Tylophora is a plant that grows in tropical parts of Asia, including India, Sri Lanka, Thailand, and Malaysia. While it did not originate there, it now also grows in Africa. The name Tylophora comes from "tylos" meaning knot and "phoros" meaning bearing.

People take Tylophora by mouth for allergies, asthma, cancer, congestion, constipation, cough, inflamed skin, diarrhea, bloody diarrhea, gas, hemorrhoids, tender joints (gout), yellowed skin (jaundice), joint disorder (rheumatoid arthritis), whooping cough, to make someone vomit, and to cause sweating.

People apply Tylophora to the skin for skin ulcers and wounds.

How does it work ?

Tylophora seems to increase airflow and reduce allergic reactions.

Tylophora seems to increase airflow and reduce allergic reactions.

Uses & Effectiveness ?

Insufficient Evidence for

  • Asthma. Research on the effectiveness of Tylophora for asthma is not consistent. Early research suggests that taking Tylophora extract daily for 6 days appears to improve asthma symptoms for up to 8 weeks after treatment. Other research suggests that eating a Tylophora leaf for 6 days relieves allergies better than eating a spinach leaf. However, not all evidence is positive. Some early research suggests that taking Tylophora daily along with spinach leaves daily does not improve asthma or lung function. More research is needed to determine if Tylophora might benefit people with asthma.
  • Allergies.
  • Cancer.
  • Congestion.
  • Constipation.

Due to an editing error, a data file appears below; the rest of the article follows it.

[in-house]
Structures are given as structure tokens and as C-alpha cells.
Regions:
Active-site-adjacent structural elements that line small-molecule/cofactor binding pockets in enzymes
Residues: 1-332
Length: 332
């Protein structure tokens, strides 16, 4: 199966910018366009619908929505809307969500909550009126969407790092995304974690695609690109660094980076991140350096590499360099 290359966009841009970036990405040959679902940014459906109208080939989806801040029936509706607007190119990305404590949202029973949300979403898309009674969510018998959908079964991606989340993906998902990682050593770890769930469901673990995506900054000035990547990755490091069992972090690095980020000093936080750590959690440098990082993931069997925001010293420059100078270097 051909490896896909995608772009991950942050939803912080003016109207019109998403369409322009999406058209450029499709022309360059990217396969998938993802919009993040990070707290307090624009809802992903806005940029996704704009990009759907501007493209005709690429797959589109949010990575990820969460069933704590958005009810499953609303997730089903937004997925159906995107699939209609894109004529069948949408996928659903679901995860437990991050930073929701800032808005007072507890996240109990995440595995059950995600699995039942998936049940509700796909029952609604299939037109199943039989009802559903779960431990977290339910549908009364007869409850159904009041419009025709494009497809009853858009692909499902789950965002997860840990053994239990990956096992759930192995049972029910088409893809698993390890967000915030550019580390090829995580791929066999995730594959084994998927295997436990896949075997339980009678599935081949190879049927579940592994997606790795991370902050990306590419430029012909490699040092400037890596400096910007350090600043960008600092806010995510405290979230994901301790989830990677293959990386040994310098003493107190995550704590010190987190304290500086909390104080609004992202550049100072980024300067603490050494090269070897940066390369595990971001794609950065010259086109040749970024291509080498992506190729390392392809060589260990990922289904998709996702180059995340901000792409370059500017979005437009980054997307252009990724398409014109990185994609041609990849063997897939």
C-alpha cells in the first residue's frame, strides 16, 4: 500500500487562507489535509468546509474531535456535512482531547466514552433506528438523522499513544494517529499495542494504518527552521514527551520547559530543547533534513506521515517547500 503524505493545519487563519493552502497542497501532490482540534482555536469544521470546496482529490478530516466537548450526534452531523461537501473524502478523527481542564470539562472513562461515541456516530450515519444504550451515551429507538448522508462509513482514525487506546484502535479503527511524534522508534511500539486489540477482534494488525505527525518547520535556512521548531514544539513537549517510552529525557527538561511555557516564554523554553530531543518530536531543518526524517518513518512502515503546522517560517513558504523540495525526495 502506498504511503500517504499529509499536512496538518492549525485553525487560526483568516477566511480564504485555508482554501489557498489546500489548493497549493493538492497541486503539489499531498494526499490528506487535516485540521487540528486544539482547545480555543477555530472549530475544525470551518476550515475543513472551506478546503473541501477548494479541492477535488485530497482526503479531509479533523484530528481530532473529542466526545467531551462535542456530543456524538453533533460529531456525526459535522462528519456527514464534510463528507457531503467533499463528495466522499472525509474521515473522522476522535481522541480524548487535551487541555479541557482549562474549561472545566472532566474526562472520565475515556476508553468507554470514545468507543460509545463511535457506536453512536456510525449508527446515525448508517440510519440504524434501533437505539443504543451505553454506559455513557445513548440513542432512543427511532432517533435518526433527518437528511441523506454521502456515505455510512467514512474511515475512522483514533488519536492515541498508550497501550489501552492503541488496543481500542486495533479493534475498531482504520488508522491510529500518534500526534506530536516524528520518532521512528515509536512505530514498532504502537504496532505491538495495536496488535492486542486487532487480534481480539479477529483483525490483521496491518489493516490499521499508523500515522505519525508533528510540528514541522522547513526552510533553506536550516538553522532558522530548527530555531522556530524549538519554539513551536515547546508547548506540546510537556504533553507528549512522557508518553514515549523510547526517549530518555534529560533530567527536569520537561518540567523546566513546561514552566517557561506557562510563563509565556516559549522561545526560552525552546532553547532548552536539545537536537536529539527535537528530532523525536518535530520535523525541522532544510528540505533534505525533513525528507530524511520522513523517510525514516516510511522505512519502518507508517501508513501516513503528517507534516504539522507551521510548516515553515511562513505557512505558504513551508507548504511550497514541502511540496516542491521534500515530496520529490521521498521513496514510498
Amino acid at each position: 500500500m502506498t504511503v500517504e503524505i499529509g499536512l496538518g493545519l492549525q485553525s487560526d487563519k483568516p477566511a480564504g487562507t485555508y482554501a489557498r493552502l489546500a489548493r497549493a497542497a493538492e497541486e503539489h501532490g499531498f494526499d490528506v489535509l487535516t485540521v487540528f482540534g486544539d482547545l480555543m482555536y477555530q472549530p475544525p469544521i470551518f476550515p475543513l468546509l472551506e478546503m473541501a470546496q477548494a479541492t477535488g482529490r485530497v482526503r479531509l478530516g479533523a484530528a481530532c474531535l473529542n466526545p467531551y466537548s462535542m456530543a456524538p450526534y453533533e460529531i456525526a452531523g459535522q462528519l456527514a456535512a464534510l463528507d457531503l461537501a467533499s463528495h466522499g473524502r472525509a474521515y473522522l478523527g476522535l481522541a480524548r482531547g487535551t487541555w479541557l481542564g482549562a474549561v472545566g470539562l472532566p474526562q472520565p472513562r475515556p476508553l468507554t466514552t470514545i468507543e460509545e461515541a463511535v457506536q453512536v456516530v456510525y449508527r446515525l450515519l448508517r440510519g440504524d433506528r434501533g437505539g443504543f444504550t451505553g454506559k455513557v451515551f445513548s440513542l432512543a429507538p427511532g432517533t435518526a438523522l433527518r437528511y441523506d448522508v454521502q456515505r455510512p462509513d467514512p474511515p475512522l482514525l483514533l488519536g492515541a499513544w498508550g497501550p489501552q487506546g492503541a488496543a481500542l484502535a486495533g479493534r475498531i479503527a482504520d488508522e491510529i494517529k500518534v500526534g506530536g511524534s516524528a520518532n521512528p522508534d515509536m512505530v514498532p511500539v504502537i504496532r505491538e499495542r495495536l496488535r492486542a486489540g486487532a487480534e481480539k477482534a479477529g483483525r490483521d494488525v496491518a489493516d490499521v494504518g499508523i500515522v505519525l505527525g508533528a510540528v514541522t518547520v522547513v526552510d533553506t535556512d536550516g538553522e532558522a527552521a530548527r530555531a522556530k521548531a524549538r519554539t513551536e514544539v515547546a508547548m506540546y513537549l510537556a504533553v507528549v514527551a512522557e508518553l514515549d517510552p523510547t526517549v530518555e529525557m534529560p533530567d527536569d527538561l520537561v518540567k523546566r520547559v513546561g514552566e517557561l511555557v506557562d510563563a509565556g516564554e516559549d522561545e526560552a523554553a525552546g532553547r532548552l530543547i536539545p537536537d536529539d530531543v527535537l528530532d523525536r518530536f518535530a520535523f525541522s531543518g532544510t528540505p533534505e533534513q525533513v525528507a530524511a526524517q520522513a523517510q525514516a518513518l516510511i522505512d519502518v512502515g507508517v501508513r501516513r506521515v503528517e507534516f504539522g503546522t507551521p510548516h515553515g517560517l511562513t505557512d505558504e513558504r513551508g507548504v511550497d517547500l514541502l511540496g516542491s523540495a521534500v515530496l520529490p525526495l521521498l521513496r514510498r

• Cough.
  • Inflamed skin.
  • Diarrhea.
  • Bloody diarrhea.
  • Gas.
  • Hemorrhoids.
  • Tender joints (gout).
  • Yellowed skin (jaundice).
  • Joint disorder (rheumatoid arthritis).
  • Whooping cough.
  • Skin ulcers.
  • Wounds.
  • Other conditions.
More evidence is needed to rate Tylophora for these uses

Side Effects

There isn't enough reliable information available about Tylophora to know if it is safe or what the side effects might be.

Special Precautions and Warnings

There isn't enough reliable information available about Tylophora to know if it is safe or what the side effects might be. Pregnancy and breast-feeding: There is not enough reliable information about the safety of taking Tylophora if you are pregnant or breast feeding. Stay on the safe side and avoid use.

Interactions ?

We currently have no information for TYLOPHORA overview.


The appropriate dose of Tylophora depends on several factors such as the user's age, health, and several other conditions. At this time there is not enough scientific information to determine an appropriate range of doses for Tylophora (in children/in adults). Keep in mind that natural products are not always necessarily safe and dosages can be important. Be sure to follow relevant directions on product labels and consult your pharmacist or physician or other healthcare professional before using.

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CONDITIONS OF USE AND IMPORTANT INFORMATION: This information is meant to supplement, not replace advice from your doctor or healthcare provider and is not meant to cover all possible uses, precautions, interactions or adverse effects. This information may not fit your specific health circumstances. Never delay or disregard seeking professional medical advice from your doctor or other qualified health care provider because of something you have read on WebMD. You should always speak with your doctor or health care professional before you start, stop, or change any prescribed part of your health care plan or treatment and to determine what course of therapy is right for you.

This copyrighted material is provided by Natural Medicines Comprehensive Database Consumer Version. Information from this source is evidence-based and objective, and without commercial influence. For professional medical information on natural medicines, see Natural Medicines Comprehensive Database Professional Version.
© Therapeutic Research Faculty 2020.